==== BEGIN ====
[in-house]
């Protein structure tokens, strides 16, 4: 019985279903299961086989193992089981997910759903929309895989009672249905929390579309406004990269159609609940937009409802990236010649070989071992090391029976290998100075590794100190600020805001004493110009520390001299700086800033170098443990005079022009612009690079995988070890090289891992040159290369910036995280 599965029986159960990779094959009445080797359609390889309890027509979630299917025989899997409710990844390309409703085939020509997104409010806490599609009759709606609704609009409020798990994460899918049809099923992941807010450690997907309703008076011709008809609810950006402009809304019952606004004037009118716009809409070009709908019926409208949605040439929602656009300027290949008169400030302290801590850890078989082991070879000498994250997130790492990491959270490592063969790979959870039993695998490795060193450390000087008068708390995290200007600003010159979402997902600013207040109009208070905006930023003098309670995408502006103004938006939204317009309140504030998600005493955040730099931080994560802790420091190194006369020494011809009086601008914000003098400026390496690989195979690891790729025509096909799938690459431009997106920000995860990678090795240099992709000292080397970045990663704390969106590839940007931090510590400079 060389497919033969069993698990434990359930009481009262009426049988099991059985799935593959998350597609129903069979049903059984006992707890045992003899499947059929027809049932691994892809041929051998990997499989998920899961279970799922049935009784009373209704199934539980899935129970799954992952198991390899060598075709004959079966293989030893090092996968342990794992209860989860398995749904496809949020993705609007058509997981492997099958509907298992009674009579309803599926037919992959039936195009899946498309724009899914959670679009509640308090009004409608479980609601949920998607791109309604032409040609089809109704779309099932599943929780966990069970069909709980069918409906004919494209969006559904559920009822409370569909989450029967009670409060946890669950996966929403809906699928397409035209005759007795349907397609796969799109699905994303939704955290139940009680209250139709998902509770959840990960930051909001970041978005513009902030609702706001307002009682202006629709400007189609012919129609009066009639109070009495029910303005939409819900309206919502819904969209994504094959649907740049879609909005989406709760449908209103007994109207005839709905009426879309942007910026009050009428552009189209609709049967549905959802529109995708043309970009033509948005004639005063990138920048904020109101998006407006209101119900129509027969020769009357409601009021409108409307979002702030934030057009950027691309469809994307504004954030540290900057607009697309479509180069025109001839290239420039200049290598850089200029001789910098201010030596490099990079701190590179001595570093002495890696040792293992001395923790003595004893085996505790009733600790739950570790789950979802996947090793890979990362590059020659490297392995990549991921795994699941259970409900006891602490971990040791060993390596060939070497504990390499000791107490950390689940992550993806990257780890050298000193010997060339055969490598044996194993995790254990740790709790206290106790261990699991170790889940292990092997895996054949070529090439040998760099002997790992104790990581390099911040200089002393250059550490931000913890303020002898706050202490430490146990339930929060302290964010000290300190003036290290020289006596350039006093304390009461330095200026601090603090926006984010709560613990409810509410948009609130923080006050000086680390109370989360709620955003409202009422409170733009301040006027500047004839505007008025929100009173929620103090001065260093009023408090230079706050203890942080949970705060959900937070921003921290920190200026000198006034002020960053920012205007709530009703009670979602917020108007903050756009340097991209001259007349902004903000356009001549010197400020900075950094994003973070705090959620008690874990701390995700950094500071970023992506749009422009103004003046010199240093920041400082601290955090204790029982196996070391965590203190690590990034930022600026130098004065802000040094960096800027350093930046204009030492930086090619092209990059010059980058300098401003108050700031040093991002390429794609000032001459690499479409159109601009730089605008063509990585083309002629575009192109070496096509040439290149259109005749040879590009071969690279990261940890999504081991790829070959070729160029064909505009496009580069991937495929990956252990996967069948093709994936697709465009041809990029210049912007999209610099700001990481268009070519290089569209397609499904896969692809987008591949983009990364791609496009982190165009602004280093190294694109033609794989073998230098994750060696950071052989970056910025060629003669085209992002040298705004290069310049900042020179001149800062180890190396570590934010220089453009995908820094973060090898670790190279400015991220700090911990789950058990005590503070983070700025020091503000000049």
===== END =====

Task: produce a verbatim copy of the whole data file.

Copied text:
[in-house]
């Protein structure tokens, strides 16, 4: 019985279903299961086989193992089981997910759903929309895989009672249905929390579309406004990269159609609940937009409802990236010649070989071992090391029976290998100075590794100190600020805001004493110009520390001299700086800033170098443990005079022009612009690079995988070890090289891992040159290369910036995280 599965029986159960990779094959009445080797359609390889309890027509979630299917025989899997409710990844390309409703085939020509997104409010806490599609009759709606609704609009409020798990994460899918049809099923992941807010450690997907309703008076011709008809609810950006402009809304019952606004004037009118716009809409070009709908019926409208949605040439929602656009300027290949008169400030302290801590850890078989082991070879000498994250997130790492990491959270490592063969790979959870039993695998490795060193450390000087008068708390995290200007600003010159979402997902600013207040109009208070905006930023003098309670995408502006103004938006939204317009309140504030998600005493955040730099931080994560802790420091190194006369020494011809009086601008914000003098400026390496690989195979690891790729025509096909799938690459431009997106920000995860990678090795240099992709000292080397970045990663704390969106590839940007931090510590400079 060389497919033969069993698990434990359930009481009262009426049988099991059985799935593959998350597609129903069979049903059984006992707890045992003899499947059929027809049932691994892809041929051998990997499989998920899961279970799922049935009784009373209704199934539980899935129970799954992952198991390899060598075709004959079966293989030893090092996968342990794992209860989860398995749904496809949020993705609007058509997981492997099958509907298992009674009579309803599926037919992959039936195009899946498309724009899914959670679009509640308090009004409608479980609601949920998607791109309604032409040609089809109704779309099932599943929780966990069970069909709980069918409906004919494209969006559904559920009822409370569909989450029967009670409060946890669950996966929403809906699928397409035209005759007795349907397609796969799109699905994303939704955290139940009680209250139709998902509770959840990960930051909001970041978005513009902030609702706001307002009682202006629709400007189609012919129609009066009639109070009495029910303005939409819900309206919502819904969209994504094959649907740049879609909005989406709760449908209103007994109207005839709905009426879309942007910026009050009428552009189209609709049967549905959802529109995708043309970009033509948005004639005063990138920048904020109101998006407006209101119900129509027969020769009357409601009021409108409307979002702030934030057009950027691309469809994307504004954030540290900057607009697309479509180069025109001839290239420039200049290598850089200029001789910098201010030596490099990079701190590179001595570093002495890696040792293992001395923790003595004893085996505790009733600790739950570790789950979802996947090793890979990362590059020659490297392995990549991921795994699941259970409900006891602490971990040791060993390596060939070497504990390499000791107490950390689940992550993806990257780890050298000193010997060339055969490598044996194993995790254990740790709790206290106790261990699991170790889940292990092997895996054949070529090439040998760099002997790992104790990581390099911040200089002393250059550490931000913890303020002898706050202490430490146990339930929060302290964010000290300190003036290290020289006596350039006093304390009461330095200026601090603090926006984010709560613990409810509410948009609130923080006050000086680390109370989360709620955003409202009422409170733009301040006027500047004839505007008025929100009173929620103090001065260093009023408090230079706050203890942080949970705060959900937070921003921290920190200026000198006034002020960053920012205007709530009703009670979602917020108007903050756009340097991209001259007349902004903000356009001549010197400020900075950094994003973070705090959620008690874990701390995700950094500071970023992506749009422009103004003046010199240093920041400082601290955090204790029982196996070391965590203190690590990034930022600026130098004065802000040094960096800027350093930046204009030492930086090619092209990059010059980058300098401003108050700031040093991002390429794609000032001459690499479409159109601009730089605008063509990585083309002629575009192109070496096509040439290149259109005749040879590009071969690279990261940890999504081991790829070959070729160029064909505009496009580069991937495929990956252990996967069948093709994936697709465009041809990029210049912007999209610099700001990481268009070519290089569209397609499904896969692809987008591949983009990364791609496009982190165009602004280093190294694109033609794989073998230098994750060696950071052989970056910025060629003669085209992002040298705004290069310049900042020179001149800062180890190396570590934010220089453009995908820094973060090898670790190279400015991220700090911990789950058990005590503070983070700025020091503000000049």